Patents

A patent is an exclusive right granted for an invention that provides, in general, a new way of doing something, or offers a new technical solution to a problem. A patent can be granted for a product or a process but it must be one that:

  1. New (does not exist anywhere in the world)
  2. Inventive (not obvious to people who are skilled in the relevant area of art)
  3. Capable of industrial application (can be made or used on a commercial level)

A patent cannot be granted for an invention that is completely, or the part of an invention that is:

  • a discovery, scientific theory or mathematical method;
  • a scheme, rule or method for doing business, performing a mental act of playing a game; and
  • methods for the treatment of the human or animal body by surgery or therapy, as well as diagnostic methods practised on the human or animal body.

A patent will also not be granted if to commercialize it in St. Kitts and Nevis would be:

  • against public order or morality;
  • harmful to human, animal or plant life or health; or
  • harmful to the environment

A national application for a patent can be made to Registrar of the IPOSKN. The prescribed forms and fees can be found in the Schedules of the legislation.

An international application can also be filed through the Patent Cooperation Treaty (PCT) that is administered by WIPO. That application can be made by any resident or national of a State that is party to the PCT (St. Kitts and Nevis is a party) and that application has the effect of a national patent application in the PCT Member States that the applicant chooses. This eliminates the need to file individual applications in each and every country in which the applicant requires protection. Find out more information about the PCT here http://www.wipo.int/pct/en/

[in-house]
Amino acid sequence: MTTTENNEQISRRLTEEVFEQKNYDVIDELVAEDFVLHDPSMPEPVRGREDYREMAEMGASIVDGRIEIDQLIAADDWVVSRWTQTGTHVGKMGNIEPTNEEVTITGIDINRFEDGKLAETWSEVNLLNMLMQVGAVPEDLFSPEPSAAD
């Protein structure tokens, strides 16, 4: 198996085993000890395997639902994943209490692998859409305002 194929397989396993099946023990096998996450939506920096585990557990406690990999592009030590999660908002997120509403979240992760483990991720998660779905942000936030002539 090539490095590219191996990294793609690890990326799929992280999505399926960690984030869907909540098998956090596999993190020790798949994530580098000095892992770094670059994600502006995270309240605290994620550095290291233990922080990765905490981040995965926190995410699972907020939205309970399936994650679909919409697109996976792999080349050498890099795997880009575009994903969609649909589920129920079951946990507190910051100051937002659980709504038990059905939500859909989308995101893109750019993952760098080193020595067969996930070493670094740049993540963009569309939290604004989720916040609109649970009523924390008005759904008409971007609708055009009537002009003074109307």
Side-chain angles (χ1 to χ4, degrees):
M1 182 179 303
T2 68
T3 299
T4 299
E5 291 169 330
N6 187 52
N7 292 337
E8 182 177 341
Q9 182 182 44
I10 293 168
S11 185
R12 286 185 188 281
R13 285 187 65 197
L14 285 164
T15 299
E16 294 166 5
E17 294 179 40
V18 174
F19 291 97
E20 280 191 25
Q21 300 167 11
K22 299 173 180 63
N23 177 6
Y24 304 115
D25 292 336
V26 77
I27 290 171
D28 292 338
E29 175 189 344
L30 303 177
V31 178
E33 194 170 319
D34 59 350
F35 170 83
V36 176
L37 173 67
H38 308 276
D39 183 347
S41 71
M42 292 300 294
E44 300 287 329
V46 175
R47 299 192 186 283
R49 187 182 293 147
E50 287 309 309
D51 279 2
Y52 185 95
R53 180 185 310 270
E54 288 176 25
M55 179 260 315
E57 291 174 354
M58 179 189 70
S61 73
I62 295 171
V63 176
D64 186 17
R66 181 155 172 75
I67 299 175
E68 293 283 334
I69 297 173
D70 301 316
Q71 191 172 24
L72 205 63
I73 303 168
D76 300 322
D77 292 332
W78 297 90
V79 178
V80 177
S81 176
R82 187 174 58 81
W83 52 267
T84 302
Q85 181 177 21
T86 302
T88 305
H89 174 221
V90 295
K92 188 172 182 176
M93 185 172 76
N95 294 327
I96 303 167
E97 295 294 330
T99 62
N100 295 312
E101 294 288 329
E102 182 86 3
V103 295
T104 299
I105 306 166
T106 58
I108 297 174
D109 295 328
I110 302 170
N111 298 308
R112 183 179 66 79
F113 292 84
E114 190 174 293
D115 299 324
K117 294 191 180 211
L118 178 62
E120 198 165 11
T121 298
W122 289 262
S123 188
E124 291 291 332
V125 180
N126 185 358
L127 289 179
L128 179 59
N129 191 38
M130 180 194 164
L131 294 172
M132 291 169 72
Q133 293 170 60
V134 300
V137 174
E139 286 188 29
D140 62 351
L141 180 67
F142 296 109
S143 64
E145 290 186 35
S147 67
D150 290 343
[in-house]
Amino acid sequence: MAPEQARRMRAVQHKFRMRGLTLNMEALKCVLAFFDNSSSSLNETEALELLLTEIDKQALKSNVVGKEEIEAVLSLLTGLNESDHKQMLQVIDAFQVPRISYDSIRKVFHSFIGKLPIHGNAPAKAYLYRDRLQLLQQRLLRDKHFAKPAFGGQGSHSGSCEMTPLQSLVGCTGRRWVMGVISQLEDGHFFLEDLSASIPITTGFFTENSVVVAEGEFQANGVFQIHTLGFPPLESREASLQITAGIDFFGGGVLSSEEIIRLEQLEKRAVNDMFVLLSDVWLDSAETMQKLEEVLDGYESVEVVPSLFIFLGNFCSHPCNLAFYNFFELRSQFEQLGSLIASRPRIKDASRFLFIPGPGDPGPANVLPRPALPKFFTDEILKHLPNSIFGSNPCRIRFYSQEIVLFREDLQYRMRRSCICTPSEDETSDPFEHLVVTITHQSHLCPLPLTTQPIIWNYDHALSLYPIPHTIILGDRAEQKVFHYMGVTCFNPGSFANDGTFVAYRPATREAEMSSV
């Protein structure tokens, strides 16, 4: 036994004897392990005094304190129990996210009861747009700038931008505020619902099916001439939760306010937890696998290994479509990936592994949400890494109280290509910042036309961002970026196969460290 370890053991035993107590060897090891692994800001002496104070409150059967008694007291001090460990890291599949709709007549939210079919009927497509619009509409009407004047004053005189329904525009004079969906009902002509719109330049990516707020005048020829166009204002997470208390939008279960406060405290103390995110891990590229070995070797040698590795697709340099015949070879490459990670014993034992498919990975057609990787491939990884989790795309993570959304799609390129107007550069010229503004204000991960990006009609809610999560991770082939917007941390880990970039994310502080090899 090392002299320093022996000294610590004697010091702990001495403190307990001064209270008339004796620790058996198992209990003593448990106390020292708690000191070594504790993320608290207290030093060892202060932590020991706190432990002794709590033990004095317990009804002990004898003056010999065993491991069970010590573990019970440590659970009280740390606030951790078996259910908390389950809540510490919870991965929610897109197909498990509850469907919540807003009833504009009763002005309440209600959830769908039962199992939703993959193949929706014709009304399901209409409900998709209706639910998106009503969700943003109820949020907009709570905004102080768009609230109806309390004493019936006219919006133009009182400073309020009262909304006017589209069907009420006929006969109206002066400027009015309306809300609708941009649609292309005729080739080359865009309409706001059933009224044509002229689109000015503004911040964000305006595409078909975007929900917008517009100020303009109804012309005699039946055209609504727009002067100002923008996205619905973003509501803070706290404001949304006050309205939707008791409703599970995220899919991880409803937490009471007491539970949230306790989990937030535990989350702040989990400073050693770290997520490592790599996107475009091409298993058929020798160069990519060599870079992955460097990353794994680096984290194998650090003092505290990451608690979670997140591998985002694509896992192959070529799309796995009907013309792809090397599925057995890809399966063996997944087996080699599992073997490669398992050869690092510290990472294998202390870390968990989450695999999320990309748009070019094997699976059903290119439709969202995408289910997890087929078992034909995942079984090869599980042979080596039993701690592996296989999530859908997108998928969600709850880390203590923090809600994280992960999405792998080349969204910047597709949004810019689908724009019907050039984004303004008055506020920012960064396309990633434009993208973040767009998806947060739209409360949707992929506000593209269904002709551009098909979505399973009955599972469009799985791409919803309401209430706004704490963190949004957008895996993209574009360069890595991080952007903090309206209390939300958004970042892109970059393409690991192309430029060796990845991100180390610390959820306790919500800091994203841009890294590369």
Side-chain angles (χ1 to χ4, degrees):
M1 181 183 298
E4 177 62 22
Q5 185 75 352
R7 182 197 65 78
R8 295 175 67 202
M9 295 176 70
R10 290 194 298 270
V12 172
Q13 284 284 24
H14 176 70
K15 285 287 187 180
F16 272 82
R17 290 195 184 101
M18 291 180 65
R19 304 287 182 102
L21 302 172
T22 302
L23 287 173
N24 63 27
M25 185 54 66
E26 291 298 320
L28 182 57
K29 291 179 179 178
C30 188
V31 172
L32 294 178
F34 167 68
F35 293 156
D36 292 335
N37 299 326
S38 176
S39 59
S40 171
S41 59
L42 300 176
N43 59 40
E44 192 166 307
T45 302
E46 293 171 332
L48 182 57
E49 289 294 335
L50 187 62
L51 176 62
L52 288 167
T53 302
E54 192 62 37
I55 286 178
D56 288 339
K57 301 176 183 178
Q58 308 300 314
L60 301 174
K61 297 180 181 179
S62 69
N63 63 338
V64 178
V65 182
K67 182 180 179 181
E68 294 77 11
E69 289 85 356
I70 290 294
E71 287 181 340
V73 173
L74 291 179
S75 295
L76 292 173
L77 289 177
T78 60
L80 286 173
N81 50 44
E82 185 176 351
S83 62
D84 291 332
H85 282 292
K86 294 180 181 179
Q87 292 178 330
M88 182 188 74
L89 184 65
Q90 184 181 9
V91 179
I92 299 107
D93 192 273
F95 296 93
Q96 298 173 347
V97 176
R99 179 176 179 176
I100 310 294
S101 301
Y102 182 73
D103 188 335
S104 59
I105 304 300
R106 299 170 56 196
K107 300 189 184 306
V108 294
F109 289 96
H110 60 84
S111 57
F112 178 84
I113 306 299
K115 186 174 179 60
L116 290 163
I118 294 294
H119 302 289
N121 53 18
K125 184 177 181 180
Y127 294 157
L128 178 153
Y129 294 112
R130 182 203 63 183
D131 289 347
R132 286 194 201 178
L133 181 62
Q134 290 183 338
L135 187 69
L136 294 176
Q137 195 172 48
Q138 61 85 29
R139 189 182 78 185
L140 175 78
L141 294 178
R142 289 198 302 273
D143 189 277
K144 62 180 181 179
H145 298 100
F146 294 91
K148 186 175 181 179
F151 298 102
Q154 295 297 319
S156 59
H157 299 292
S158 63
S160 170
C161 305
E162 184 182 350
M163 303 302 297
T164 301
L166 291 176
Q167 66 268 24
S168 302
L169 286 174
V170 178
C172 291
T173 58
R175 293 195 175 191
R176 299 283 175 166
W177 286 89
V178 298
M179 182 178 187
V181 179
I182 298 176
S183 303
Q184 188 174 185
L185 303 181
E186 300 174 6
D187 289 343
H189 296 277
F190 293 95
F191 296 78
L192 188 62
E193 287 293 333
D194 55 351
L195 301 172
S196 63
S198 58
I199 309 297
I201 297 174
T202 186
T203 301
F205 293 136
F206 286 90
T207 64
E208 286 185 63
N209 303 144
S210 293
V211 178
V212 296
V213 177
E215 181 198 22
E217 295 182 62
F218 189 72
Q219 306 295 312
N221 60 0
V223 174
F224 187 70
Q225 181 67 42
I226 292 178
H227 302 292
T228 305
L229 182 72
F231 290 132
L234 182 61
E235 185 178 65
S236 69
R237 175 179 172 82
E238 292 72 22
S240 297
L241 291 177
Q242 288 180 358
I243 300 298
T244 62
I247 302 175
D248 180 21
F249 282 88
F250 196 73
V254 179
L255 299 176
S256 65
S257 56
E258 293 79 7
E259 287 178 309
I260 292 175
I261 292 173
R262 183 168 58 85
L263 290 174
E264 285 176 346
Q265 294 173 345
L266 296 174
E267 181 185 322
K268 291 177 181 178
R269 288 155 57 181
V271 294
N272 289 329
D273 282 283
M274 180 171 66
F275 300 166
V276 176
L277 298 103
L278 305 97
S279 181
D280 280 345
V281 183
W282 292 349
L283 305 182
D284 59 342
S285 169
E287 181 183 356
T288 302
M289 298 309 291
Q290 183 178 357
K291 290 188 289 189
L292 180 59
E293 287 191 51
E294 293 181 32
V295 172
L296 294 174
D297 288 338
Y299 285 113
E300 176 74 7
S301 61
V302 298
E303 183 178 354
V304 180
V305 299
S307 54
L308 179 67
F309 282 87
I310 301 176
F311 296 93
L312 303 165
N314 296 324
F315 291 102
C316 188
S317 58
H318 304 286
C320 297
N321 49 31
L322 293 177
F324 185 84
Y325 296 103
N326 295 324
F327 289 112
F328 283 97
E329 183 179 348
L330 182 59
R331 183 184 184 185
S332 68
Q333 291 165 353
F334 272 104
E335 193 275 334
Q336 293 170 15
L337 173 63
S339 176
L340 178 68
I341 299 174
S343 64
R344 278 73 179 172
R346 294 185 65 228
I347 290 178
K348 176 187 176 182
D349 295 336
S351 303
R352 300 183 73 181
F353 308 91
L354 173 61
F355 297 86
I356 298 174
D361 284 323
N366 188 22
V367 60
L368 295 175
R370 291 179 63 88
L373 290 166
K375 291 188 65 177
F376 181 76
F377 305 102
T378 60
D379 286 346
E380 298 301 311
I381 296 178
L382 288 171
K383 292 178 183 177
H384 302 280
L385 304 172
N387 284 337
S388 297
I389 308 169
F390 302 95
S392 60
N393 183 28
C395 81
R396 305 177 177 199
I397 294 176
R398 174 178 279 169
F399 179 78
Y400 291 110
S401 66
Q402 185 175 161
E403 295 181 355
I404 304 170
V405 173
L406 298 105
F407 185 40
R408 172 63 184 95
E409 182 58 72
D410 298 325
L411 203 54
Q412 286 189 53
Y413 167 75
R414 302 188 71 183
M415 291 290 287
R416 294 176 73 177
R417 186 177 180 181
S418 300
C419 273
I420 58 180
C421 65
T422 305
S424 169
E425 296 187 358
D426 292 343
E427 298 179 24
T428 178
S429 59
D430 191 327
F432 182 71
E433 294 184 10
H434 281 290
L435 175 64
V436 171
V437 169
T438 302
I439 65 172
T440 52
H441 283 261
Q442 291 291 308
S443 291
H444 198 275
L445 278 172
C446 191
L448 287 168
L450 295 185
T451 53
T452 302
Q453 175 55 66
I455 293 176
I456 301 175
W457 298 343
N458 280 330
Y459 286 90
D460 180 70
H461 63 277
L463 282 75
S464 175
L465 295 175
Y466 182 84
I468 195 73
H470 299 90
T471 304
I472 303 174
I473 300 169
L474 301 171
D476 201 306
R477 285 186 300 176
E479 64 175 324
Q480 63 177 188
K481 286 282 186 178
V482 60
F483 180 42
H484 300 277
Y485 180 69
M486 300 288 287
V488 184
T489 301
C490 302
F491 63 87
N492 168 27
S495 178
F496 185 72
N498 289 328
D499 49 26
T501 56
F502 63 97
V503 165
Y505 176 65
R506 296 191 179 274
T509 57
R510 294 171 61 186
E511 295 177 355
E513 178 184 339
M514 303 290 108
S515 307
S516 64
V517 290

Only the person who has been granted the patent (known as the ‘patentee’) is allowed to exploit the patent. Exploitation includes activities such as using, making, importing or selling the patented product or a product that is created through the use of a patented process. A person who performs any of those activities without the permission of the patentee is likely to be guilty of patent infringement.

A patent expires twenty (20) years after the filing date of the application for the patent.

Patent rights are territorial i.e. only apply to the country in which the rights have been granted.

A utility model certificate is a grant of exclusive rights the owner or creator of an invention that is new and capable of industrial application. The “inventive step” requirement that is necessary to get a patent is not required. As such utility model certificates expire seven (7) years after the date of filing and shall not be renewed. The law also allows a patent applicant to convert his/her/its application to a utility certificate application or vice versa at any time before the rights have been granted.